Mühlebach died in 1905, and George Jr., 23, was at the helm of his father’s brewery and real estate company, which had amassed an impressive portfolio of Kansas City real estate.
Young George Jr. was an accomplished businessman and doubled sales and size in his first eight years as head of the brewery.
A vintage view of the exterior. (PHOTO: Courtesy Marriott Kansas City Downtown) X.
A vintage look at the lobby. (PHOTO: Courtesy Marriott Kansas City Downtown) X.
He also funded the ballpark on the 22nd and Brooklyn in 1923, but by then he had already built his soaring Beaux Arts hotel out of brown brick and won one of the most famous architecture firms in the Midwest to do the job.
Tea room fireplace. X.
“It took a year to build,” says Savage. “They had no electricity, no trucks or anything, that’s kind of amazing. A year.”
It cost $ 2 million to build – on the site of the Old First Baptist Church – and is beautiful.
The tiled lobby floor. X.
The brass elevator doors. X.
The ballroom, which has been updated but retains some of the original features, is still in use today. The lobby and reception area directly in front of its door has the classic look of a hotel lobby with numerous decorated columns and molded parts.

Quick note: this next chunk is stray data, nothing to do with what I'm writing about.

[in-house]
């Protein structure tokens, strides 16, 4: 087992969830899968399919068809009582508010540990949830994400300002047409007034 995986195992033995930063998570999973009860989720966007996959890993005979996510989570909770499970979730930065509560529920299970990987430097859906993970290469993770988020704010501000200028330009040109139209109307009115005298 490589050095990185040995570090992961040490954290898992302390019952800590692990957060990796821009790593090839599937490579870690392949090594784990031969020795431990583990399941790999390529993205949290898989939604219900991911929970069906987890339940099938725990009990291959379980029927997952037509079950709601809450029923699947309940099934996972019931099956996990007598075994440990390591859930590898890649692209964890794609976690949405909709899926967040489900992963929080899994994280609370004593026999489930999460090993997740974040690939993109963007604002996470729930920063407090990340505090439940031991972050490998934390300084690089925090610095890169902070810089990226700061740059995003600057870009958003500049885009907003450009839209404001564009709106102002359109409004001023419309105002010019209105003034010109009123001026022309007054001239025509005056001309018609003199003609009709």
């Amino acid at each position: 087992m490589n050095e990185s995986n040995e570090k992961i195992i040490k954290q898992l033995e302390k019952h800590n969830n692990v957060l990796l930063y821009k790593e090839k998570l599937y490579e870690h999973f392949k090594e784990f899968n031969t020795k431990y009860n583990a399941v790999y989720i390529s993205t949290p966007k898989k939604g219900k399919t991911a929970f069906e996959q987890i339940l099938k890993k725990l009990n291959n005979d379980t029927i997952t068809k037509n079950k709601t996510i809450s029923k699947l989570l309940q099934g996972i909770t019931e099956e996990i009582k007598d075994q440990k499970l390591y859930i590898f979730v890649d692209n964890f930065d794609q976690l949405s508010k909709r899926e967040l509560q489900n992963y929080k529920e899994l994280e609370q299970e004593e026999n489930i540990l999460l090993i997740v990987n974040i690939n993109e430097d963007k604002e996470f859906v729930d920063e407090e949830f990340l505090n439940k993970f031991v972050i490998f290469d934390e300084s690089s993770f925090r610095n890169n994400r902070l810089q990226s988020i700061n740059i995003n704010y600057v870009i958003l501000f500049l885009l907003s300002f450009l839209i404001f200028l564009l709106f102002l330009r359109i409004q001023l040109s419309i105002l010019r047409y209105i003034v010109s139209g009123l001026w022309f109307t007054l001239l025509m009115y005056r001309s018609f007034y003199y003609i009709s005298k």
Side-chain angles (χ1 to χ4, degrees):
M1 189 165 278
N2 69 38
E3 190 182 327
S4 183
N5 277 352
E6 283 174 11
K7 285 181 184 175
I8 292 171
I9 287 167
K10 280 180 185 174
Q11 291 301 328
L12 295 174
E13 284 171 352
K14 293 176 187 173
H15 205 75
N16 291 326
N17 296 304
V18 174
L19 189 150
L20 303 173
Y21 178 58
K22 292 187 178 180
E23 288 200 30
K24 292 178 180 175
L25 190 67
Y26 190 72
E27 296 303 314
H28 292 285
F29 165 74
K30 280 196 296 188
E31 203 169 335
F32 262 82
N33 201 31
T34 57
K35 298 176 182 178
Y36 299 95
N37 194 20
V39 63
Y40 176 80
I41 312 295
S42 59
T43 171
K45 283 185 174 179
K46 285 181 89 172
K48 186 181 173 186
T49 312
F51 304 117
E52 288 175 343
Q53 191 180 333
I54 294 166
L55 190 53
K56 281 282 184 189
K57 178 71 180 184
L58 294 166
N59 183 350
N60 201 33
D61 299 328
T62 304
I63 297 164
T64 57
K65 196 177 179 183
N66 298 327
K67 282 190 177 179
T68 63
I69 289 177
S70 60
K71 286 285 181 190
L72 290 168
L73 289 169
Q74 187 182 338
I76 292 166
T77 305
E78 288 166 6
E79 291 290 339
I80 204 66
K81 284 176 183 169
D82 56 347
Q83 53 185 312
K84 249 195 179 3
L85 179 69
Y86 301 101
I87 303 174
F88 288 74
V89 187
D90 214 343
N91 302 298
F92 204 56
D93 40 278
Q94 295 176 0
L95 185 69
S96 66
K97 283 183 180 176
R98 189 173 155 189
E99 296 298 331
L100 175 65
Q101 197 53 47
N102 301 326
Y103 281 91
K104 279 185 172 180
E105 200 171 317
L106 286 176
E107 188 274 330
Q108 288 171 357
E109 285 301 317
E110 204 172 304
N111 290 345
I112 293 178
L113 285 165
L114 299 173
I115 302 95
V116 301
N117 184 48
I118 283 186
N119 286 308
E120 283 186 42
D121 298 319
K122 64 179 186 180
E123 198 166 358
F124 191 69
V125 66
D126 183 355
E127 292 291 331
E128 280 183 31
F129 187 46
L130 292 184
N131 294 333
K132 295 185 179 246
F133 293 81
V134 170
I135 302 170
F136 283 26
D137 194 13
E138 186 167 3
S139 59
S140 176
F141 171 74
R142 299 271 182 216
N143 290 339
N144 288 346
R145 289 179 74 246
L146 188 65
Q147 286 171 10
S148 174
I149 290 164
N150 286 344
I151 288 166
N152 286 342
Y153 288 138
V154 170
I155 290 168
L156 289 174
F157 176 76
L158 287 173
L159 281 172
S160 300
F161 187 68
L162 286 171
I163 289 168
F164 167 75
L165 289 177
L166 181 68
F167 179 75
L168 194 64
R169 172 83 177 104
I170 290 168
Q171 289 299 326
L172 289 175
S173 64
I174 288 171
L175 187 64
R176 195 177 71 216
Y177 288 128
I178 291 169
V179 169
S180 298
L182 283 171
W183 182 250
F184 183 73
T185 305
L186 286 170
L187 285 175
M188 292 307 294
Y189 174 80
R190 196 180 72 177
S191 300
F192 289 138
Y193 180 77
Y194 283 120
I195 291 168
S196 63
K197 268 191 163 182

It also has wood-beam ceilings, expansive and intricate tiled floors, mahogany columns, more ornate moldings, and a marble fireplace flanked by windows that lead into the slightly raised tea room beyond, which has its own fireplace.
The key slots at the reception. X.
Phone booths. X.
There are brass elevator doors, built-in library-style bookshelves in a corner, a gorgeous brass water fountain (which still works!), And a quartet of original phone boxes just across the street.
Behind the reception there is a classic old hotel wall made of post and key slots for the 500 rooms.
The cafe / bar. X.
The cafe / bar seating area. X.
Down a few steps and with windows facing Baltimore Avenue is a great coffee shop / salon with the seemingly original (or at least early) bar and the back bar.
One step further is a table seating area, which is separated by ornate railings. Glass door cabinets adorn the walls at opposite ends.
The library corner. X.